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  1. #1
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    Initial Impressions of the X-Fusion Hilo Strate (SLS) Stealth Dropper

    Initial Impressions of the X-Fusion Hilo Strate (SLS) Stealth Dropper-p5pb11077362.jpg

    I like to think out of the box a little bit and try different things than the mainstream when it comes to many things and give the smaller guys a go, and the X-Fusion dropper post is no different. The SLS is replacing the original Hilo 125 I have had trouble free for 2.5 years with just a single rebuild performed by myself. This one is the 125mm version in the 31.6 flavor.
    Initial Impressions of the X-Fusion Hilo Strate (SLS) Stealth Dropper-p5pb11077356.jpg

    First Look:
    I had to order the post directly from X-Fusion as it is extremely hard to find anywhere else at the moment. This is the stealth routed version and is over 100 grams lighter than the original Hilo with the steel shaft. When I first pulled it out of the box, I noticed that it felt much lighter and finish of the post looks great (sorry no gold slick anno on this one!). There is minimal side to side play, which is not noticeable while on the saddle. The only negative I could see for some people is that if the post is in the down position and you pick the bike up with the saddle, it will extend. It will suck back down afterwards though. This does not bother me though as I pick the bike up with the frame.

    Initial Impressions of the X-Fusion Hilo Strate (SLS) Stealth Dropper-p5pb11077357.jpg

    On my scale the post itself came in at 471 grams, and the uncut cable/housing and lever came in at 96 grams (79 grams after cut). The original Hilo 125 with the steel shaft and single bolt head came in at 585 grams and 83 grams for the cable/housing and lever. All together it is 118 grams lighter which is just over a quarter of a pound.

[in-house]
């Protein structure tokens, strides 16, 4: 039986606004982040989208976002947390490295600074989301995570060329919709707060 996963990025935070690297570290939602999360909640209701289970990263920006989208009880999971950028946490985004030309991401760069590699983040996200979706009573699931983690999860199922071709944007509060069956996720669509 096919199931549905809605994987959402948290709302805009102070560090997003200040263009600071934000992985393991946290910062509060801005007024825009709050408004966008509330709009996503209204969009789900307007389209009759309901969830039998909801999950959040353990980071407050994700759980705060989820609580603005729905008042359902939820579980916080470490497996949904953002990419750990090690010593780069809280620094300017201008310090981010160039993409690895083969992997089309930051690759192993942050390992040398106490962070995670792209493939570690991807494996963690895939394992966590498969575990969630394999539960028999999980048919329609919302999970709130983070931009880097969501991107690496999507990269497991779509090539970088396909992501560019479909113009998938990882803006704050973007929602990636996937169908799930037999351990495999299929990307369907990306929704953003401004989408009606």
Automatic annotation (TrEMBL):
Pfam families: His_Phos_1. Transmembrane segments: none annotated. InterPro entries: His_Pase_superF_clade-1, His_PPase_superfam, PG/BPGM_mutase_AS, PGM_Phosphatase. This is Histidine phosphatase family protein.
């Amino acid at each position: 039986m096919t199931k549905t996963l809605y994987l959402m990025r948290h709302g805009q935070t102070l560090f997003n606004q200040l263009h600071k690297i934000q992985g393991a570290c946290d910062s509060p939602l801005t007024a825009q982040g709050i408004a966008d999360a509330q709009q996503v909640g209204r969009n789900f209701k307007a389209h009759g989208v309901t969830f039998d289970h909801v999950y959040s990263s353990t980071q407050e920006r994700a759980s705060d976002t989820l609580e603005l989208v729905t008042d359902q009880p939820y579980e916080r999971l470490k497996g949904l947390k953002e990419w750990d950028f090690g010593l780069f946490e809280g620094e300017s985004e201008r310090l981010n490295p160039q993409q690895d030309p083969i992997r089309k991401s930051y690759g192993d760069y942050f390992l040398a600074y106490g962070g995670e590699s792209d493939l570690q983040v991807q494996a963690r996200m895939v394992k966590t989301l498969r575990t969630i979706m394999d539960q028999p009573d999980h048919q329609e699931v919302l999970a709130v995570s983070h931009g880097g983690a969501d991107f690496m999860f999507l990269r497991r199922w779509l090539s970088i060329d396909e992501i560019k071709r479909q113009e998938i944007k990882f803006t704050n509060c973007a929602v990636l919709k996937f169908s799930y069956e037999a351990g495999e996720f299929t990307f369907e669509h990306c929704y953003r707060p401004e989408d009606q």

Initial Impressions of the X-Fusion Hilo Strate (SLS) Stealth Dropper-p5pb11077359.jpg

    Installation:
    It does take a little more time to install compared to a non-stealth routed post. Most of that increase in time is just due to making sure the cable length is correct and not too long/short. I recommend using just the housing and doing a mock set-up to get the length just right with the post inserted and the lever close to where you want it. Once you do that, put the cable through the thumb lever (BAT style) and through the housing to the dropper. The part where you attach the cable to the bottom of the dropper comes off to make mounting and tensioning of the cable easier. Once installed, check for play in the lever and that there is not too much tension either. I used a bit of suspension oil with a Q-tip to lube the seal to help it to begin with as I do my fork and shock seals every once and a while of use
    Note: There were no instructions in the box, but X-Fusion has the instructions listed on their website.

    First Ride:
    With my bike set-up 1x10, the BAT style lever was a perfect fit on the left side where the front shifter is normally mounted. It can be mounted in a natural position with a similar feel to shifting. I could see it being a bit more difficult if you are using a 2x or 3x drivetrain though, but I cannot make any specific comments on that set-up though. The movement up and down is smooth, and bind free. It does not come up too fast to nail you in the family jewels. I would say it does come up a bit slower than some of the competition, but not slow enough that it is awkward or anything on the trail.